Where not to find new logistics space
The logistics sector is suffering from “an extreme scarcity” of space in the most-needed markets, thanks to surging demand and rising barriers to new development [see our coverage here], according to logistics real estate company Prologis. Offices, where the US vacancy rate climbed to 16.6 percent Q4 2021, would appear to be a logical candidate for conversions to logistics, but such a trend is likely to be limited because of multiple challenges, the San Francisco-based firm stated in a report published last week. These obstacles include office properties not able to physically accommodate logistics uses without being demolished; high conversion costs justifiable only in locations that can command premium rental rates; and the different requirements for logistics and office tenants.
The latest Pension Real Estate Association Consensus Forecast survey suggests the continued upward trajectory in the two hottest asset classes may be about to revert to more normal levels. The survey, which comprises feedback from some of the industry’s leading managers, investors, consultants and researchers, predicts precipitous drops in returns for industrial and multifamily over the next two years. Total returns in industrial and multifamily are set to fall from 14.8 percent to 8.2 percent and 12.1 percent to 7.1 percent, respectively. The expected reduction is primarily driven by lower forecasted appreciation returns, with many of the market participants seeing cap rates further compress from increased competition and a potential recession eroding some of the outperformance seen post-pandemic.
Real estate cap rates continue to fall but the yield on the 10-year Treasury is expected to rise to 2.3 percent in 2022 – a level that will maintain a healthy spread between cap rates and bond yields, according to commercial real estate brokerage CBRE.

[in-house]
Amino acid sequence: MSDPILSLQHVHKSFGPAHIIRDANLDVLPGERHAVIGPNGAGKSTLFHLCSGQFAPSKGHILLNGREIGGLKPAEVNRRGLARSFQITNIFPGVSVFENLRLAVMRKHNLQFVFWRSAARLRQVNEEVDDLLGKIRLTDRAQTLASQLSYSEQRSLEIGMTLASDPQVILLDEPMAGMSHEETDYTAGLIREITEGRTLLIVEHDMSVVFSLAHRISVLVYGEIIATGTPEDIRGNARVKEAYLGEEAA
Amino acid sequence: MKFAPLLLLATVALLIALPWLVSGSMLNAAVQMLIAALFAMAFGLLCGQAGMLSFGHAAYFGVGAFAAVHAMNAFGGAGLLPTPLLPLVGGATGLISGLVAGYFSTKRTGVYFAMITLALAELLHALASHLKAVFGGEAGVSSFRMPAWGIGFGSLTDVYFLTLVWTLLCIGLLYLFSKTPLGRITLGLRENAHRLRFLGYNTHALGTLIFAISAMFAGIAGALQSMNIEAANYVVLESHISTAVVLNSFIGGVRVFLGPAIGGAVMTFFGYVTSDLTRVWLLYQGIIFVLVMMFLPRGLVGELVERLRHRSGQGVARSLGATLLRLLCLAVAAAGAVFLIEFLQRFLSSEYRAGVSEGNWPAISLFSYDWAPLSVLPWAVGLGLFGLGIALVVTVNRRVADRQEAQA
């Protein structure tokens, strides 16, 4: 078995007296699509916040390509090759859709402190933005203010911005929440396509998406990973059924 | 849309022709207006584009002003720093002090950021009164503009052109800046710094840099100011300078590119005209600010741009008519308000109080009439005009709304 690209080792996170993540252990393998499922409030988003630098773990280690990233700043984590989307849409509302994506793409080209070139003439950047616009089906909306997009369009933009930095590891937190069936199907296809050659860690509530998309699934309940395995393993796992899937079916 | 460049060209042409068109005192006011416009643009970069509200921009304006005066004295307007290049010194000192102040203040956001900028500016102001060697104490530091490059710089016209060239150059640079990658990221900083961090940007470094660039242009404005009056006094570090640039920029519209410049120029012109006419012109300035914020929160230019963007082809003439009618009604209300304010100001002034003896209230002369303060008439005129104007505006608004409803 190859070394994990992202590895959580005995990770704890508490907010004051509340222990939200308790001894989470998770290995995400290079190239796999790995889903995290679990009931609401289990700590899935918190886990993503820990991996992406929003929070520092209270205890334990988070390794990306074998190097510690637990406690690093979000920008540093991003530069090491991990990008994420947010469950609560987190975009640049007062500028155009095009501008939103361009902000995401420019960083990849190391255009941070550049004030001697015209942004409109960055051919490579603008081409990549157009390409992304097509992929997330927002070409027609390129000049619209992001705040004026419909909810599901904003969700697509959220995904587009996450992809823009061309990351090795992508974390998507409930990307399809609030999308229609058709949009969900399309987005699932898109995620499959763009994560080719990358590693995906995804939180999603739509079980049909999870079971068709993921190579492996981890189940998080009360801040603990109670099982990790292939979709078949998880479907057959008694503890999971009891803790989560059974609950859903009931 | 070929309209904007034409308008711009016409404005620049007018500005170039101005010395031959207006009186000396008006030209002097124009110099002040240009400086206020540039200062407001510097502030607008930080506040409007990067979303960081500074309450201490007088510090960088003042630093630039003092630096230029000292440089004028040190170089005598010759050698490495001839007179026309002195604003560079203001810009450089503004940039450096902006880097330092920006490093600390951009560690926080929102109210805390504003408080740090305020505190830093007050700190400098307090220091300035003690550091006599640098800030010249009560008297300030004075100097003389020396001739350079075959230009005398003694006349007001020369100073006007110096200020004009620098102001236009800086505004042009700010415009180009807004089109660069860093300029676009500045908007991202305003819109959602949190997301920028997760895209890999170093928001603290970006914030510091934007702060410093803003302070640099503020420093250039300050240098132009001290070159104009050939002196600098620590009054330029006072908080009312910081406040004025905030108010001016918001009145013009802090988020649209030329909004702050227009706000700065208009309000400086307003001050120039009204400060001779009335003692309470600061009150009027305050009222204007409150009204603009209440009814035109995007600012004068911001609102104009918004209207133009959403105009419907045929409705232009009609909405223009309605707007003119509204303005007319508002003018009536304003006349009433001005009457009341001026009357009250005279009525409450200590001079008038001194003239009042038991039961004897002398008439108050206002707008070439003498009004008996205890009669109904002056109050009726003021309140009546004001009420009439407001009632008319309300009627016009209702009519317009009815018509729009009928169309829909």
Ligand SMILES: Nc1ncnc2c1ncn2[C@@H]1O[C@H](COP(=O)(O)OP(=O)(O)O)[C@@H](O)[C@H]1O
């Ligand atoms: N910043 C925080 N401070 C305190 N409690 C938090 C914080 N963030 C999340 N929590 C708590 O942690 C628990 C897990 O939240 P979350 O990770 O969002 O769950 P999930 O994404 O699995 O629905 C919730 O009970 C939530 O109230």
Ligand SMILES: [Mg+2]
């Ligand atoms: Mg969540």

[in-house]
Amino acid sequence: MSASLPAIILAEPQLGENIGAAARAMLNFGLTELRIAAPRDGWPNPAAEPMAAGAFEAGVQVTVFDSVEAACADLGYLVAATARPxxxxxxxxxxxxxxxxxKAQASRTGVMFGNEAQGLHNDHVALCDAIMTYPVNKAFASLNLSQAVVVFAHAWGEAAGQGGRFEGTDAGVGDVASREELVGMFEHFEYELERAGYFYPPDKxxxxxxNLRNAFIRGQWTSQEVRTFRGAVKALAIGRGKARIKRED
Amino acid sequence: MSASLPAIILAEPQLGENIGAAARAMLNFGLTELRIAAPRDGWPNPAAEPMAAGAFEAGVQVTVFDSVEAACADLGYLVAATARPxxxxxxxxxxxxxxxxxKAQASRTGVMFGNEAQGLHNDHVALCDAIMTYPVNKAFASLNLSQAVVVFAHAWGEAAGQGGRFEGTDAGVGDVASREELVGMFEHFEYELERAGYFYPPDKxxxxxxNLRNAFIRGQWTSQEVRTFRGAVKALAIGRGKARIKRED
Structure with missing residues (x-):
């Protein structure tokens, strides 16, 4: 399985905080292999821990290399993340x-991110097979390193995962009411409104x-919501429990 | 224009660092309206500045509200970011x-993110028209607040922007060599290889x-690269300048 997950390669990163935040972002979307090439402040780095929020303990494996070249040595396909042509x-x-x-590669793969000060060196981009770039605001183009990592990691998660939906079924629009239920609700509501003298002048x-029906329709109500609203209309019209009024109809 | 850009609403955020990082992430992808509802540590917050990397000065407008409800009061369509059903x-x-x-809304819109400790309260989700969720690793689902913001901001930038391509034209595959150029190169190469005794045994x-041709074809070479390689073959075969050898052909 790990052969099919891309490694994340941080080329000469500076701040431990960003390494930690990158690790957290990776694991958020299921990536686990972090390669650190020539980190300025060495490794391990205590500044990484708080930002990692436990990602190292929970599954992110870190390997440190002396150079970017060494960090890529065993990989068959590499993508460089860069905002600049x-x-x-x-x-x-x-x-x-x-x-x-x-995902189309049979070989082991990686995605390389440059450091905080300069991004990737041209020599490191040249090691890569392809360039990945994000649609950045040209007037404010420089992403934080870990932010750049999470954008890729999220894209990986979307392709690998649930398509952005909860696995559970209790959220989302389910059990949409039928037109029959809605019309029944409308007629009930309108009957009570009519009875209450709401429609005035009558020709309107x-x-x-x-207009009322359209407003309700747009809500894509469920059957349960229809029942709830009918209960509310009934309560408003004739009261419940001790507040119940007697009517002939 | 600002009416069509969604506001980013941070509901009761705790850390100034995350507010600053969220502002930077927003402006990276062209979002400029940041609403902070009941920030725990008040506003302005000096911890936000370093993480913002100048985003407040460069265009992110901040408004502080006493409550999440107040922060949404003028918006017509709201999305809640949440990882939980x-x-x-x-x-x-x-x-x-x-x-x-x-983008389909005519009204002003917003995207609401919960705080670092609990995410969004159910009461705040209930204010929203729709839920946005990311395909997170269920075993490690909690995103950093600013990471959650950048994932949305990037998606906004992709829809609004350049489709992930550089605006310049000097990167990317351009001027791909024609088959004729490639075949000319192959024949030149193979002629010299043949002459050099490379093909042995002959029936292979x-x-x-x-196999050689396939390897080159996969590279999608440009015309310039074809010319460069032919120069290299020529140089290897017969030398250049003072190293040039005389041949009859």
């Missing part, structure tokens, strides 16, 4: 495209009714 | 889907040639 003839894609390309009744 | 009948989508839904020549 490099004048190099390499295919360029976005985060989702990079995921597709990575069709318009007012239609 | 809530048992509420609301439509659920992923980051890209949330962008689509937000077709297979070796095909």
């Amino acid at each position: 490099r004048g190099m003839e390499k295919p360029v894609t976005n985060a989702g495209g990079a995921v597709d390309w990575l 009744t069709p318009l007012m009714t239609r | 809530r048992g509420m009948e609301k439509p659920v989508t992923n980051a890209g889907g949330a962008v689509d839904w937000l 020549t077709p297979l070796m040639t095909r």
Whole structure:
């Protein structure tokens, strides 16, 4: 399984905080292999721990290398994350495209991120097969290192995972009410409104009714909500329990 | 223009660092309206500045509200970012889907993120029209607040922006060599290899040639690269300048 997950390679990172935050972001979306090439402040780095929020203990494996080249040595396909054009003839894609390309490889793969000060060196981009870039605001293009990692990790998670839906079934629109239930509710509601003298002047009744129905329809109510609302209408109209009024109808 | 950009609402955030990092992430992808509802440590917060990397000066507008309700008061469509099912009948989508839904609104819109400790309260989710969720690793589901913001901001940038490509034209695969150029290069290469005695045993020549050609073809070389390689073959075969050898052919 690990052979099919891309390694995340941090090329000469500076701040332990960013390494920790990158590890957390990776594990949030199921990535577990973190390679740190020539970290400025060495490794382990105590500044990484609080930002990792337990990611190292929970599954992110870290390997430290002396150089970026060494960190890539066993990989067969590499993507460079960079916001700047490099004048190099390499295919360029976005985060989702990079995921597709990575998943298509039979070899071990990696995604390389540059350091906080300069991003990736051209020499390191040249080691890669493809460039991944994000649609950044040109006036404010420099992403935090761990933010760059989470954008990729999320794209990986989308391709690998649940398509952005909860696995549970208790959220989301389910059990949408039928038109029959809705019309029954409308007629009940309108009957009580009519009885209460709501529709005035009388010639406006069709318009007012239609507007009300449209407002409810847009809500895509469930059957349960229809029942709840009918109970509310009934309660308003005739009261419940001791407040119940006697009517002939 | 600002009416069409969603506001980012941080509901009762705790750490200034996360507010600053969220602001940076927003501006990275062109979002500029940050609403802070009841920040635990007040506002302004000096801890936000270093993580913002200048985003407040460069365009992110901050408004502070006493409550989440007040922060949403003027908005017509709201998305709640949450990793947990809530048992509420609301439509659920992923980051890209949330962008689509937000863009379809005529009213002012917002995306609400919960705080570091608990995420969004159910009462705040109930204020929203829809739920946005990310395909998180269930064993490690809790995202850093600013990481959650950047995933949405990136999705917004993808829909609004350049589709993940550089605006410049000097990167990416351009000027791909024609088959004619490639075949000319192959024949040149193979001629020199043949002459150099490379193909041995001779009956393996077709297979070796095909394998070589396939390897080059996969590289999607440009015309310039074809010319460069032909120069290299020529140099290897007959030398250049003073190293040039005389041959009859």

Conshohocken, Pennsylvania-based Hamilton Lane is beefing up its real assets investment team, with a specific focus on real estate. The investor/adviser has hired Elizabeth Bell [see her LinkedIn profile here] as a principal with a focus on real estate funds, co-investments, direct investments and secondaries. Bell previously served as principal of New York-based Jaguar Growth Partners, a Latin-America-focused manager. Hamilton Lane previously made a major expansion into the real assets space with the purchase of Portland, Oregon-based investment manager Real Asset Portfolio Management in 2017. Bell will report to co-head of real assets Steve Gruber [his LinkedIn here], formerly the founder of RAPM and real estate portfolio manager for the Oregon Public Employees’ Retirement Fund.
Once in a lifetime, Canada Water flowing
AustralianSuper, the country’s largest superannuation fund, has further expanded into the UK and Europe with the acquisition of a 50 percent stake in London’s Canada Water masterplan from real estate investment trust British Land. The two parties have also formed a 50:50 joint venture to accelerate the delivery of the 53-acre redevelopment project, one of the largest in the city’s history. British Land and AustralianSuper have committed £201 million ($261 million; €239 million) of initial funding to the JV to develop the masterplan’s first phase, which is slated for completion in Q3 2024. The venture will also advance subsequent phases. Paul Clark, AustralianSuper’s senior investment director of UK property, called the masterplan “a once-in-a-lifetime regeneration project” that fit with the organization’s focus of investing at scale in large mixed-use projects in major urban centers.
This week’s investor meetings
Tuesday, March 15
Wednesday, March 16
- State Teachers Retirement System of Ohio
- Chicago Firemen Annuity & Benefit Fund
- California Public Employees’ Retirement System
- Marin County Employees’ Retirement Association (MCERA)
Thursday, March 17
- Chicago Municipal Employees’ Annuity and Benefit Fund
- Sonoma County Employees’ Retirement Association
- Colorado Public Employees’ Retirement Association
- Texas County and District Retirement System
- University of California Regents Endowment Fund
- Sonoma County Employees’ Retirement Association
- Municipal Employees Retirement System of Louisiana
Friday, March 18
Today’s letter was prepared by Peter Benson, with Jonathan Brasse, Evelyn Lee and Christie Ou contributing